One in an occasional series
She was a sweet little girl, the kind a preschool teacher always remembers.
Even after 10 years, Iriana DeJesus lives shiny and smiling in former teacher C.J. Waddy's memory, glowing with a sort of pigtailed promise that announced she would rocket out of Hunting Park and be remarkable somewhere safer and bigger.
But in the summer of 2000, Iriana was abducted, raped, and strangled at age 5 by a stranger who had enticed her to walk off with him. The suspect, identified as Alexis Flores, 24 at the time, is still at large, believed by police to be in Honduras.
ABOUT THIS SERIES
The grinding recession is taking its toll in neighborhoods across America as a record number of people plunge into poverty.
A national poll reveals that Philadelphia’s First Congressional District is the second-hungriest in the country.
In an occasional series, The Inquirer goes behind the scenes in the district to chronicle the struggles, hopes and challenges of the people who live hidden in plain sight in the heart of the country’s sixth-largest city.
Find the entire series here.
Even for the First Congressional District - one of the poorest places in America - the crime was rare and monstrous, and it was profiled on television's America's Most Wanted.
"It crushed me," said Waddy, 35, who taught in Iriana's preschool, the East Frankford Daycare Center, which his grandmother cofounded. "I was enraged. I had her in my care, a teeny little girl who didn't do anything to anybody. There hasn't been a day gone by I haven't thought about her."
Unable to ease the torment over the years, Waddy finally hit upon an idea that would at least blunt the nightmares: He's writing a children's book, illustrated by his 11-year-old son, Chafik, about the dangers of children interacting with strangers.
In the book, a boy hero with super powers rescues a kidnapped little girl before she's harmed.
Nowhere among the pages is there a weeping mother, or a funeral, or a dismal memory that festers forever in a still-mourning teacher's head.
"I've daydreamed about saving Iriana over and over," Waddy said. "In the book, I just change her name to Anna, then change the ending to have what I wanted to have happen.
"I just had to write this book. I just had to take the hurt away."
"Mr. Big's . . . worker, Snails, yells up to the second level of the barn where Anna is being held. 'I want to go home,' Anna cried. If only she had said no to strangers, she would be home playing with . . . her dolly and sharing cookies with her daddy right now."
- From Waddy's "U Nooo [You Know] Tito, Boy Hero Says No to Strangers"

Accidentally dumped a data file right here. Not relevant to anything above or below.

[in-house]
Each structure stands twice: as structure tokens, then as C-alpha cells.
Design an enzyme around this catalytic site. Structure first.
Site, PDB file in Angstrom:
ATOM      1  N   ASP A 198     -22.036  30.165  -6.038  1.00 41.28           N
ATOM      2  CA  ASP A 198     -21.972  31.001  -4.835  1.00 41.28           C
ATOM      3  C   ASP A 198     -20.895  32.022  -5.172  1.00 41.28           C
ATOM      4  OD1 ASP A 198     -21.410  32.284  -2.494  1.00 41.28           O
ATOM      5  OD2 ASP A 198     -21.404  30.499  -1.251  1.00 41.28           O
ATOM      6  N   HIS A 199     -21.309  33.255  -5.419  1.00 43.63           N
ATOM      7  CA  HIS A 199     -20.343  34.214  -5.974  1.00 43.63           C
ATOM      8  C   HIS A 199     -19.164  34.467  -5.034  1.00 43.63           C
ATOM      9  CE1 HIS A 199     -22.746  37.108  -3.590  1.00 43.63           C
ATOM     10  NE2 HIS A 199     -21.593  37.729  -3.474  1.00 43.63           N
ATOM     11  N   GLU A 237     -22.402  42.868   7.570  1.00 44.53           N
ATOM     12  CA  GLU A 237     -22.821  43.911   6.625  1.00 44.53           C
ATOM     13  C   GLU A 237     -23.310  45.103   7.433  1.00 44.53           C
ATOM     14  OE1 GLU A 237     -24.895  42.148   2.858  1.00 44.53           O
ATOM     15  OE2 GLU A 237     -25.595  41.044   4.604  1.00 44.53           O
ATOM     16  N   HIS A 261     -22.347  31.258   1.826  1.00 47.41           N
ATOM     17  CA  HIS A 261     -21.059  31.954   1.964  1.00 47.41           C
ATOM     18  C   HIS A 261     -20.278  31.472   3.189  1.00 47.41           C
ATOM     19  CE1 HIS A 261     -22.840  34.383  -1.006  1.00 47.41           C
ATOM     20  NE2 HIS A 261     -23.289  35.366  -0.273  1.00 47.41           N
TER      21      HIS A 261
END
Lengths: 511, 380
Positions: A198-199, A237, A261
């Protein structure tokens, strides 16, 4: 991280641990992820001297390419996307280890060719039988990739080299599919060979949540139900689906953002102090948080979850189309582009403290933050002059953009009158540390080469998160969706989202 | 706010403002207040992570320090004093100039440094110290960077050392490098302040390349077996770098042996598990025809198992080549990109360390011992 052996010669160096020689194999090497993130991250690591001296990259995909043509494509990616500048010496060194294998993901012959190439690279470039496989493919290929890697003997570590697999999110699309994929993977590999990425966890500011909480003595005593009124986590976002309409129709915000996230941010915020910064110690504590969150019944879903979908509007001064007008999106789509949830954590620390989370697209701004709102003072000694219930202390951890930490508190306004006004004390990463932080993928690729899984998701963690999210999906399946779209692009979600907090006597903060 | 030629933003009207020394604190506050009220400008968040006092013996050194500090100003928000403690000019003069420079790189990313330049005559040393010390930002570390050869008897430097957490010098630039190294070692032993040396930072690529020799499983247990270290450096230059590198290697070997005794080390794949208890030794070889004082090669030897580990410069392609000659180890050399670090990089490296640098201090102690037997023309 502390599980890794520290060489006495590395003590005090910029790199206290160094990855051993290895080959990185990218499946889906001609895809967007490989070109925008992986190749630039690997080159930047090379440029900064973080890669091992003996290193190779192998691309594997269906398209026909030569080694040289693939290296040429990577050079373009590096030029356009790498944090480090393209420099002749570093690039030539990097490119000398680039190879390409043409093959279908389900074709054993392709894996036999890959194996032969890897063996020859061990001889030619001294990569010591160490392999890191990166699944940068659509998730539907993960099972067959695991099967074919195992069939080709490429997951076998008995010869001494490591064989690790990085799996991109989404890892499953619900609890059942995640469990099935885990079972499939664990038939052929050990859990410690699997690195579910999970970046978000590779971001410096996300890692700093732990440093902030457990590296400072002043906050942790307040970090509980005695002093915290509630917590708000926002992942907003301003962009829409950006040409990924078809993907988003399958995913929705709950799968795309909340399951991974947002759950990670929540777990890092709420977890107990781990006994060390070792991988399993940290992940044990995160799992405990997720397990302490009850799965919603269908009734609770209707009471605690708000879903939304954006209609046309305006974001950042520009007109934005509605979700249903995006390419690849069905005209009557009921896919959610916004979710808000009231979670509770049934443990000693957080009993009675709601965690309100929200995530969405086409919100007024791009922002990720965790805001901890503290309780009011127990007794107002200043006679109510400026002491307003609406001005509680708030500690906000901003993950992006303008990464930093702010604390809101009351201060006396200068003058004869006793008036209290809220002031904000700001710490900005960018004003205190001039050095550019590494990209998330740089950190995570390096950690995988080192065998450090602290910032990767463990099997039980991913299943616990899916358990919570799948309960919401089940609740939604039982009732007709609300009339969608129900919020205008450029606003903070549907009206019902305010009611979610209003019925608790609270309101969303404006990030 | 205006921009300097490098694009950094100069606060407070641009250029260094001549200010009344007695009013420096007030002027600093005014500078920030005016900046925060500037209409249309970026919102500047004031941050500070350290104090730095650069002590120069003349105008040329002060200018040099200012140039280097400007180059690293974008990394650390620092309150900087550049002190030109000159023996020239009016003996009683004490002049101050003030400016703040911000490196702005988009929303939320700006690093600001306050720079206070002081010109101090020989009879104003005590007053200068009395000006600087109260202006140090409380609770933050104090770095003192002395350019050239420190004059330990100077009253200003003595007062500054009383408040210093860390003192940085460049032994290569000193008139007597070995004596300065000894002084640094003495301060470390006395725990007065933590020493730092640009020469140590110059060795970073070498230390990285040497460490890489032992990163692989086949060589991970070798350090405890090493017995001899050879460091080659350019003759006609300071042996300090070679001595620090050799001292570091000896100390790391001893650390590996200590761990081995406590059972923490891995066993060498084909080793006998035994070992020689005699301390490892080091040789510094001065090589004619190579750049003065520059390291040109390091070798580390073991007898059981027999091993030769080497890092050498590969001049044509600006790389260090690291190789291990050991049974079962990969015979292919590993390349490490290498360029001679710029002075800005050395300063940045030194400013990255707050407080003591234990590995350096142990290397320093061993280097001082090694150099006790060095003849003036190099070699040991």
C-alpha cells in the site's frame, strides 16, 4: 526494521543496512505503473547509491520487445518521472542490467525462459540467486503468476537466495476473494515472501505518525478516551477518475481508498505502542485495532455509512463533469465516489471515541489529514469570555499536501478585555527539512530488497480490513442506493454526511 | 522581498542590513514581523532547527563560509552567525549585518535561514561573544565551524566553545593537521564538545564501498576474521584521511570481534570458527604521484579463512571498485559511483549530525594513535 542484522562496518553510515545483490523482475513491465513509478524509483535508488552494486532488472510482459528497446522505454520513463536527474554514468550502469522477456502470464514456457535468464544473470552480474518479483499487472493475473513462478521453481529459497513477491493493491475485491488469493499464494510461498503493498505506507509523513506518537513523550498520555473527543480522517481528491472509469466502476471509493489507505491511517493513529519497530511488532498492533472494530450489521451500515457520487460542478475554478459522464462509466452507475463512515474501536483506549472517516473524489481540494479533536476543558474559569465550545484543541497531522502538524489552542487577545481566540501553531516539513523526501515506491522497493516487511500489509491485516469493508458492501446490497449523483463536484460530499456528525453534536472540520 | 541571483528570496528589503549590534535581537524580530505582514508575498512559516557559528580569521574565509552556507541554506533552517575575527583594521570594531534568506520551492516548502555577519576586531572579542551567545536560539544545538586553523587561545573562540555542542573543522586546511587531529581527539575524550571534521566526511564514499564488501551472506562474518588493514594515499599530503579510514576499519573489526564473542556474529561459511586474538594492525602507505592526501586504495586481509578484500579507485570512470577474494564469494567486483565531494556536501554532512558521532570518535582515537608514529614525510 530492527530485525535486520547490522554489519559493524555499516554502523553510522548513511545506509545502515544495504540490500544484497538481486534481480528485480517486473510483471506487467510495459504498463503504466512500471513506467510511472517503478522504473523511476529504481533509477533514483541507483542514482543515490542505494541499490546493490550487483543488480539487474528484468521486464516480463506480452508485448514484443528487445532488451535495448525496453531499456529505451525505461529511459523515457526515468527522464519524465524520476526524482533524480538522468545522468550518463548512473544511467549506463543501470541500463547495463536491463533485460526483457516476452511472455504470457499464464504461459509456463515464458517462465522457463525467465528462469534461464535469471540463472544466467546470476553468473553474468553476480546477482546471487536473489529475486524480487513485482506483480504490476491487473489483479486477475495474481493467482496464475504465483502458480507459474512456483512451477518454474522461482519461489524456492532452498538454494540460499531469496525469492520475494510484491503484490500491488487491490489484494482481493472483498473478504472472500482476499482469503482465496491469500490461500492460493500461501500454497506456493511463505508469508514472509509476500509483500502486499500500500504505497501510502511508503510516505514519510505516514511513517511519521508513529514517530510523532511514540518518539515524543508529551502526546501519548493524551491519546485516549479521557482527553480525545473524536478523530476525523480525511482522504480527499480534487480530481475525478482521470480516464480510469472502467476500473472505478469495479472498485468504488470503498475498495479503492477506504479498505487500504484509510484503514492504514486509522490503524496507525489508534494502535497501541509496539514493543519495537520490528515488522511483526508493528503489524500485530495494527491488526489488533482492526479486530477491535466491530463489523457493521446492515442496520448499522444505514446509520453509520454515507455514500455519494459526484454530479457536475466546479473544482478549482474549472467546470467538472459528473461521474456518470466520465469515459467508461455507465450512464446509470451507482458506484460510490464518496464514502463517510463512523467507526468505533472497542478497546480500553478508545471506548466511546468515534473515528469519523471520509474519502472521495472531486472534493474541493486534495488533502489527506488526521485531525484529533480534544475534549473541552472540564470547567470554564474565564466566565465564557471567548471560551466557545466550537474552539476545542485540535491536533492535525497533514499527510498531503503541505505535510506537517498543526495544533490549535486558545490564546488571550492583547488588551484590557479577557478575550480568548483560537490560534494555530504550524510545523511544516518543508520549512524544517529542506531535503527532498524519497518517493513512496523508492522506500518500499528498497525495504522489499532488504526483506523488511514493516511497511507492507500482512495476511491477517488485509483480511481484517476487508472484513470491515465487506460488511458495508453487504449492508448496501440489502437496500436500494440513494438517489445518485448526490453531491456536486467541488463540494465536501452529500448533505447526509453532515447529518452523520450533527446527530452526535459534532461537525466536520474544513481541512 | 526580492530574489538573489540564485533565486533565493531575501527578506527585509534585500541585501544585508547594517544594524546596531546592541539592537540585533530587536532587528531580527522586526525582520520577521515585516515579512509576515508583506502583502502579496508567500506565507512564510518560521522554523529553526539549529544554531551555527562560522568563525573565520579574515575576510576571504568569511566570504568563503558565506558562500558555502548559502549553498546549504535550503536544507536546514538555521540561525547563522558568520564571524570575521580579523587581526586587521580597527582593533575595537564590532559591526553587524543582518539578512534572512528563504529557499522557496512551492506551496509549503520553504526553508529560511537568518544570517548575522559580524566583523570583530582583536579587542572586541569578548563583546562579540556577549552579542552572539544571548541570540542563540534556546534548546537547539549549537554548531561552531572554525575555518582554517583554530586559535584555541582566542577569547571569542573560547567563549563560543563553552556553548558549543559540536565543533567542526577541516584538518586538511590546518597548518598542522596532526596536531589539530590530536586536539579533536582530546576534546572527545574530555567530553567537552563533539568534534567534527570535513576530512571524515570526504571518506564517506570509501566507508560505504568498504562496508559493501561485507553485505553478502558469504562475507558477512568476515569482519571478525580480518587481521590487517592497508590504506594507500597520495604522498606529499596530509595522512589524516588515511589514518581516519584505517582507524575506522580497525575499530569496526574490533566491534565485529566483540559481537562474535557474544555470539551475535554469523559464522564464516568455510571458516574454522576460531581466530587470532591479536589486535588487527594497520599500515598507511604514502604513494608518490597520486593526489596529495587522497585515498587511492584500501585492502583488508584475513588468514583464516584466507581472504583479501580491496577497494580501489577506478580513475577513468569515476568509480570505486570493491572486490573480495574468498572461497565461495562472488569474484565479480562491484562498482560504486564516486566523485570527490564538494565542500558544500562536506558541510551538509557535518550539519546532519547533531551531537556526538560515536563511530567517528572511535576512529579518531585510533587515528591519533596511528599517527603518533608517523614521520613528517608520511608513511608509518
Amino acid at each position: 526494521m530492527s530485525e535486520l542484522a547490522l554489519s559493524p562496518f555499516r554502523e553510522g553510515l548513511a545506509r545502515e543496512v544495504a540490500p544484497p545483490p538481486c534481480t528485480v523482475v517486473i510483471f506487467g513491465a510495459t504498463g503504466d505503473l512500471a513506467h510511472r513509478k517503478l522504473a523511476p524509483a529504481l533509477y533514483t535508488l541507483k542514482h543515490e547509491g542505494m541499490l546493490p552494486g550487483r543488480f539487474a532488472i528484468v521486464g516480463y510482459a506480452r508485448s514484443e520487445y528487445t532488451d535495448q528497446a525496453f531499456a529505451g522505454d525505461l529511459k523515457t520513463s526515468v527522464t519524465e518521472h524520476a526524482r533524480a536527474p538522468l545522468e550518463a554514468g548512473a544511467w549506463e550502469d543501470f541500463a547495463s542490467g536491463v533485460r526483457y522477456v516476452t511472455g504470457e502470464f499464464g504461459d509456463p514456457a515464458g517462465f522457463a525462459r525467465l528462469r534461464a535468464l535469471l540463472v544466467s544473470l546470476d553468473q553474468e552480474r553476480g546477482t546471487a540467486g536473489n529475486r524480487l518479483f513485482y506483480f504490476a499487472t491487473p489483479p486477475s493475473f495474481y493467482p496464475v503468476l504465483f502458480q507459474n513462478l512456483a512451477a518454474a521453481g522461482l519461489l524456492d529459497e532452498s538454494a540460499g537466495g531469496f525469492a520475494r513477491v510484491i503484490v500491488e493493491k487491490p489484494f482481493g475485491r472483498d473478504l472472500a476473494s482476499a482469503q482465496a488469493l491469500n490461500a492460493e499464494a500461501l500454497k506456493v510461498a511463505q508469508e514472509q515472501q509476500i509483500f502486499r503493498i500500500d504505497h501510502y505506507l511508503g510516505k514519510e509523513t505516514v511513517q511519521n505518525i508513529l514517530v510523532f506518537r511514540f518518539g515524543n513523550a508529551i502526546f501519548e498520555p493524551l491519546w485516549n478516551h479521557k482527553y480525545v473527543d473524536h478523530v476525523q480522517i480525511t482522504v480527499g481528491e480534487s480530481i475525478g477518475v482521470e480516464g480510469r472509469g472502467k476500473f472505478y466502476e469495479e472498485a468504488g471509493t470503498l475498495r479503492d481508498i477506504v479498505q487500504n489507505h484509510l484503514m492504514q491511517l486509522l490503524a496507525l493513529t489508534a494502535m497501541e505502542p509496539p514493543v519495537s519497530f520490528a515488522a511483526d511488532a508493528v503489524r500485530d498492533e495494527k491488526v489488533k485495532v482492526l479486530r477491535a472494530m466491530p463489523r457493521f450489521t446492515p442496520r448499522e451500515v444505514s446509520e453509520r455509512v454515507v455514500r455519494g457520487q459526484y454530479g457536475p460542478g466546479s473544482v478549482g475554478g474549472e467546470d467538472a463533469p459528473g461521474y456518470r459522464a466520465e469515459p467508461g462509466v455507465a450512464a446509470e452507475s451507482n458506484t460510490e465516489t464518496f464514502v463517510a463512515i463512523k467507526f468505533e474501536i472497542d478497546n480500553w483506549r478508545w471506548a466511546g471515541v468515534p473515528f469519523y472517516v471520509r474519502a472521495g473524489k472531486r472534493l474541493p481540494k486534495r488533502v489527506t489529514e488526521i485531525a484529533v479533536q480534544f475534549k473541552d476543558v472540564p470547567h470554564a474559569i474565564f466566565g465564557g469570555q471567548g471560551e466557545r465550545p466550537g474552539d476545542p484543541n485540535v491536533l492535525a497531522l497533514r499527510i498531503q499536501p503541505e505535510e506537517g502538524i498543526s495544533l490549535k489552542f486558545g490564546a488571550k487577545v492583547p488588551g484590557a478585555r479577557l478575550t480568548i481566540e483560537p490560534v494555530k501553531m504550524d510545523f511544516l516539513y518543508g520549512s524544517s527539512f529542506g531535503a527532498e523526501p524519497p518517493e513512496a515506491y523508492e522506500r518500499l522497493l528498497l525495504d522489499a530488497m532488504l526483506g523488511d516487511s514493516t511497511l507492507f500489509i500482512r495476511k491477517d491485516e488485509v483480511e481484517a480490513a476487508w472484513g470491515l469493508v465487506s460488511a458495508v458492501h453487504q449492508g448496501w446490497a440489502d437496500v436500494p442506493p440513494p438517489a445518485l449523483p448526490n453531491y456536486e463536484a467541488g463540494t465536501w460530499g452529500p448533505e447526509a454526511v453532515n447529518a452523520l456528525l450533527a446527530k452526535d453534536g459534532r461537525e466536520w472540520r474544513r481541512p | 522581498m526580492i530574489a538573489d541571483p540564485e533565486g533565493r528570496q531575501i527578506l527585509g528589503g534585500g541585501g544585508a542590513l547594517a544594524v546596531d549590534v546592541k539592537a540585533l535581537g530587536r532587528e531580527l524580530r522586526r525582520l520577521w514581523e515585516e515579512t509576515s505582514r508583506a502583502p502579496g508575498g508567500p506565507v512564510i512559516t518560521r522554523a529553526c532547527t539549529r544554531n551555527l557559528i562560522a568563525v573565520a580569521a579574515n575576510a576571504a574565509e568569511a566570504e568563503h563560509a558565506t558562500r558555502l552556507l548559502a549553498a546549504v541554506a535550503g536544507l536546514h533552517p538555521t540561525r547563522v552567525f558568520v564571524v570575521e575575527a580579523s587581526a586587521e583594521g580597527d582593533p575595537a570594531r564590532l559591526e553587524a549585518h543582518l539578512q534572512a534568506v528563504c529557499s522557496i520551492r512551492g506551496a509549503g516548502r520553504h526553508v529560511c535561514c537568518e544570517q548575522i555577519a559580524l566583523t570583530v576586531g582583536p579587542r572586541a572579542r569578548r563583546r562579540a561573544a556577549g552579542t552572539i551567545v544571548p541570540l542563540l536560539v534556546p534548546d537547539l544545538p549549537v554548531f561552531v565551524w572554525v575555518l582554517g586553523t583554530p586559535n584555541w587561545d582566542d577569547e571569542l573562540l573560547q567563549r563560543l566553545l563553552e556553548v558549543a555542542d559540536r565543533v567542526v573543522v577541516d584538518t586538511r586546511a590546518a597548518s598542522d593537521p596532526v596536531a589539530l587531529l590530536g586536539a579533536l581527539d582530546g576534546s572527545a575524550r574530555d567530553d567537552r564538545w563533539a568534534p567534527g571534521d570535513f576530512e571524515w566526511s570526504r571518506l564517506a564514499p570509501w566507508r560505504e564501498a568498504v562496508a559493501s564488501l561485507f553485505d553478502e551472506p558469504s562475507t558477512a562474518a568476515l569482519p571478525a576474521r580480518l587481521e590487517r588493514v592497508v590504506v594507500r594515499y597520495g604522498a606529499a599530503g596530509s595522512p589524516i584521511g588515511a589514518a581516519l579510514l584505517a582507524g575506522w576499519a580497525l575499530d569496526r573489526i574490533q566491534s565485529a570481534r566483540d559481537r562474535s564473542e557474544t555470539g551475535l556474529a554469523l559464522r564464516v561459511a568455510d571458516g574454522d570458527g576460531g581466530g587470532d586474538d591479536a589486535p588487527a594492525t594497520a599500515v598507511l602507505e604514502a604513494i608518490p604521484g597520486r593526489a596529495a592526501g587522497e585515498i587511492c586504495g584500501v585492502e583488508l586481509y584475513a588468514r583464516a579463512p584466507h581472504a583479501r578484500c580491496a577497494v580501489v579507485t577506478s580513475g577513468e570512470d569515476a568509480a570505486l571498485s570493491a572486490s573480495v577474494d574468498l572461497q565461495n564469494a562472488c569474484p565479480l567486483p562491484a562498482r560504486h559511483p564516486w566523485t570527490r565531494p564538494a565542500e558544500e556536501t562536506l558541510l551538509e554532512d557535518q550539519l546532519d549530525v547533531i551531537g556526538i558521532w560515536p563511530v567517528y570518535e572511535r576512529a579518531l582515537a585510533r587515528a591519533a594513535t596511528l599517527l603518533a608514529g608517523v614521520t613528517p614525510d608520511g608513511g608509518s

Violence has long been part of Waddy's life.
He grew up in the Whitehall Apartments in Frankford, a housing project that Waddy recalls with little affection.
"Frankford was always tough," said Waddy, who still possesses the muscular build he had as a standout defensive end on the Frankford High School football team.
Throughout his life, he said, there were rough characters, bad days.
"I have seen so many things out here," Waddy said. "The killings and the robberies. It's stuff out of horror movies."
Along with hunger and poverty, violence is a big part of the First Congressional District. The district includes an area of Kensington that has the city's highest concentration of violent crime, with more than 800 violent crimes per square mile, an Inquirer analysis of police figures shows. That section - bounded by Ontario, E, Cambria, and I Streets - also includes the poorest part of the district.
The area of Frankford where Waddy taught and still lives is tied for the second-most-violent sector in the city, with 600 to 800 violent crimes per square mile.
Throughout his life, Waddy said, his mother, a certified nurse's aide, and his father, a janitor at the old Spectrum, among other jobs, stressed the importance of staying as far as possible from street violence. Waddy tried.
Rare among his buddies in the neighborhood, Waddy had the grades to graduate from high school and to go on to college.
When he went to Western Connecticut State University to study elementary education, he was amazed at how his mostly suburban classmates would hang on his every word whenever he recounted tales of gunshots in the night.
"It was entertainment to them," Waddy said. "But I started keeping journals, writing things down."
A born writer, Waddy found he had no choice but to recount the mayhem in his notebooks. His output was a kind of therapy to deal with the anguish.
There was no shortage of material. When Waddy was 22, his cousin Calvin was shot and died in Waddy's arms.
"He was fighting for his life, lying on the ground," Waddy recalled. "I was picking him up to get him into the police car, trying to keep him alive for his little daughter. It wasn't drugs, but I know that he had a gun, and four others did, too. I don't know what really happened."